Which brings me to my next point: the domestic dog. Researchers think truly domestic dogs have been around for about 14,000 years, but some evidence suggests a longer relationship with humans. It’s easy to see why that relationship would have developed to the benefit of both parties: wolves may have protected tribes and helped them hunt, while humans may have allowed a local wolf pack access to all the scraps and waste meat they could handle. Unfortunately we don’t have a lot of evidence for exactly how dogs became domesticated, but there are some theories. We know tribal peoples around the world often adopt wild canid puppies, so that may have been the humble beginnings of domestication. One theory in particular that I like is that domestic dogs came from members of the Southern Wolf clade (clade is a fun word, isn’t it?): the Ethiopian Wolf, Arabic Wolf, Dingo, and others.
See, there are two groups of wolves. The Northern clade is the one we know best: the Gray Wolf, with its thick dark coat, big brain, and propensity for howling, and others like it inhabit geographic regions in the Northern Hemisphere. The Southern Wolves, however, are a bit different. They’re smaller, leaner, have weaker carnassials, inhabit lands in the Southern Hemisphere, and don’t howl so much as bark and make other smaller vocalizations. Sounds like a dog to me! Obviously, it’s not that simple, but have a look at these three photos:
Australian Dingo (Canis lupus dingo).
Ethiopian Wolf (Canis simensis).
Basenji (Canis lupus familiaris), one of the oldest breeds of dogs, thought to originate in central Africa.
It’s easy to see where the Basenji came from; how about other breeds? Did they originate from ones like the Basenji, or do we have a bunch of breeds coming from one Canis ancestor, and a bunch from a different Canis ancestor? I don’t know, but it’s sure fascinating to consider. What we do know is that dogs were bred to be happy around people; most wild canids are very, very weary of humans and would rather run for the hills than have to interact with us. Dogs, on the other hand, look at humans as just a funny-looking pack member.
Ah, I can’t wait to get home and play with my scrappy little wolf-thing. Thanks for reading, everyone! :) Happy Tuesday.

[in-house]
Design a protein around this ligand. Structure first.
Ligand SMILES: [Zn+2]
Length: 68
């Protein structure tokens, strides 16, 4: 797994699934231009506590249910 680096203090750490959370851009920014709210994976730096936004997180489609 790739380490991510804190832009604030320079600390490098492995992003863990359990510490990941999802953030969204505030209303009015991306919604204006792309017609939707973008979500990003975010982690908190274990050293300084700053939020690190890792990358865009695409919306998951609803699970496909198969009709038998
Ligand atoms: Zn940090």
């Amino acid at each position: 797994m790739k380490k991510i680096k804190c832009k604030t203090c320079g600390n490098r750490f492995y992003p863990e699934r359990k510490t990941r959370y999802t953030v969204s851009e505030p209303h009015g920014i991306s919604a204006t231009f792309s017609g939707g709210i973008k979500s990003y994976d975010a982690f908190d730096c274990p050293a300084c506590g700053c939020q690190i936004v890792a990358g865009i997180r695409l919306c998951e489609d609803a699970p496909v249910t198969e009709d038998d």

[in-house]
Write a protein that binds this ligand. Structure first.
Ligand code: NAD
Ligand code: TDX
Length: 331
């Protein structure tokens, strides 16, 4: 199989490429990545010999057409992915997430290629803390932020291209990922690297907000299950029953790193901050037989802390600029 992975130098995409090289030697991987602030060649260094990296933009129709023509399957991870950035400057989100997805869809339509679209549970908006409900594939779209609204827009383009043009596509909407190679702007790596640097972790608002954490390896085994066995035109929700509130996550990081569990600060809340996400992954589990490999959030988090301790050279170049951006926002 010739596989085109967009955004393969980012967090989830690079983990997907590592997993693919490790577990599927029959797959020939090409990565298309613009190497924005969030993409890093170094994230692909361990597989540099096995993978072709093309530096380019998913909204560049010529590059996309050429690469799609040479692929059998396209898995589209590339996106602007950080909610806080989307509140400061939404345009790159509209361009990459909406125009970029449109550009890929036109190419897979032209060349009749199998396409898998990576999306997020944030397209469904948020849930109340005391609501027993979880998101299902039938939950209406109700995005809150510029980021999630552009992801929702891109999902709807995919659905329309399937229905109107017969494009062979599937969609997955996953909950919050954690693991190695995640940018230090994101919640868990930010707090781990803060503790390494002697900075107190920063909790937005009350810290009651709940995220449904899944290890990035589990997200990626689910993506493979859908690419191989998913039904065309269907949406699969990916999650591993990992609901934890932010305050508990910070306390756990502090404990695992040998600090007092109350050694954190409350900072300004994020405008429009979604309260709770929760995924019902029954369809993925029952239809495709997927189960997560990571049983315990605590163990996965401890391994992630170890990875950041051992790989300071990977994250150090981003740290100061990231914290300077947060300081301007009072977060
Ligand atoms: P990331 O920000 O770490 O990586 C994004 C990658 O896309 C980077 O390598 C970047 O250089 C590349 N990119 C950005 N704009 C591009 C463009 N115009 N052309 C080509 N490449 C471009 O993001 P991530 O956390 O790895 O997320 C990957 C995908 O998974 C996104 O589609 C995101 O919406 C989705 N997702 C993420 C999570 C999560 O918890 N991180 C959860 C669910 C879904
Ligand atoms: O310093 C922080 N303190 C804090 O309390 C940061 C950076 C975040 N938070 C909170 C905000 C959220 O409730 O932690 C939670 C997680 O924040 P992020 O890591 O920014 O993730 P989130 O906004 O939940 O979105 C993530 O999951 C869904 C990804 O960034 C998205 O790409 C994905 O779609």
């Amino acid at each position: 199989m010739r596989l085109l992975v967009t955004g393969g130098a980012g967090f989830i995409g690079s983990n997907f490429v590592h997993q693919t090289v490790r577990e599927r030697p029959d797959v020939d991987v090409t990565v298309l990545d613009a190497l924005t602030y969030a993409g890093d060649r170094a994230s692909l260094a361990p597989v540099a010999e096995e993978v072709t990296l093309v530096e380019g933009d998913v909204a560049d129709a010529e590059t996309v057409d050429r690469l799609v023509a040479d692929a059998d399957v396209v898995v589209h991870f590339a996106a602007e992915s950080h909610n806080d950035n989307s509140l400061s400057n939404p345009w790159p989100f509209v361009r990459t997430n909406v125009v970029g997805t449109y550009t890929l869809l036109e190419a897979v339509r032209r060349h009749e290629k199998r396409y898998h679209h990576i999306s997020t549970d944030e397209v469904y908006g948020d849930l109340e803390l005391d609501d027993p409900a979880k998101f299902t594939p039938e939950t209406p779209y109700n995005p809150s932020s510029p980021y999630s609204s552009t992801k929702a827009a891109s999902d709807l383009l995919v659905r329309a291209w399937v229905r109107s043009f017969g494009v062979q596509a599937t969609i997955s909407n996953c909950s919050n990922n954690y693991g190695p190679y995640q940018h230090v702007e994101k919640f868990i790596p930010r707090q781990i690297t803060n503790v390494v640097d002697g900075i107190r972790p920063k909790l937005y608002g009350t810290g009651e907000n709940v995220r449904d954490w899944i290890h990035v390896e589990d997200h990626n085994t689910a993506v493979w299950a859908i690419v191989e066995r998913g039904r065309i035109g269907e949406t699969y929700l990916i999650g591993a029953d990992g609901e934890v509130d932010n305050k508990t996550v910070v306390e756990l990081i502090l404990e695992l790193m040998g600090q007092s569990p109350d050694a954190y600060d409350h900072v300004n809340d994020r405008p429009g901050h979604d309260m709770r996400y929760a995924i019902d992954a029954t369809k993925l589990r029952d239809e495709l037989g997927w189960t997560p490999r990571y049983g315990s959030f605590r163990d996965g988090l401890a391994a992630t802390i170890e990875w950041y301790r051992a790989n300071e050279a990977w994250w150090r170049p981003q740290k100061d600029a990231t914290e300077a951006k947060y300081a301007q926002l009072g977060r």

I’m taking this space as an opportunity to push my dog agenda.
#1: Support animal shelters and, if you can at all, avoid breeders. There are millions of dogs and cats that have to be put down each year because there aren’t enough people adopting the orphaned. Instead, breeders can charge hundreds (or thousands) of dollars for a “genetically pure” (read: potentially inbred if you don’t use a reputable breeder and the dog is set up for genetically inherited issues, whereas mutts face less of that kind of stuff) puppy. This isn’t a personal attack on breeders, I just don’t agree with breeding when there are already so many dogs that have to die each year. We also rarely use dogs in the capacity for which they were originally bred. And, do not ever buy a dog from a pet store, as most of those puppies come from inhumane puppy mills. (Please Google “puppy mill” if you don’t know what one is.)
#2: Do your research when you want to take on a dog. Dogs do not understand human communication and human signals; they understand canine communication and canine signals. For example, when a dog goes through a trauma, the last thing you want to do is cuddle it and coo over it. That reinforces negative feelings and encourages neurotic behavior. The best I’ve read on dog behavior (which is not the same as dog training) is Cesar Milan, who now has at least three books on the topic. I’ve never experienced a dog that didn’t understand what I wanted when using Cesar’s methods; Cesar truly loves dogs and has a long history of rehabilitating dogs that are going to be put down because of “bad behavior.” Unfortunately, the vast majority of bad dog behavior is caused by humans not understanding how to effectively communicate with dogs. (I’m happy to entertain any dog behavior questions or comments on this topic!) I’ve worked with people who are just wrecked over their dog’s bad behavior, but a few quick fixes can get a dog back on the right path. In fact, the dog is usually happy to be told exactly what the human wants; most dogs are submissive by nature, and want to be told what’s expected of them!
(deep breath) Okay…thanks for hanging in through that! As a reward, here are some cute puppy photos. (Which I’m posting because I’m always looking for a way to throw around my puppy photos. Please forgive me. I told you I have a problem.)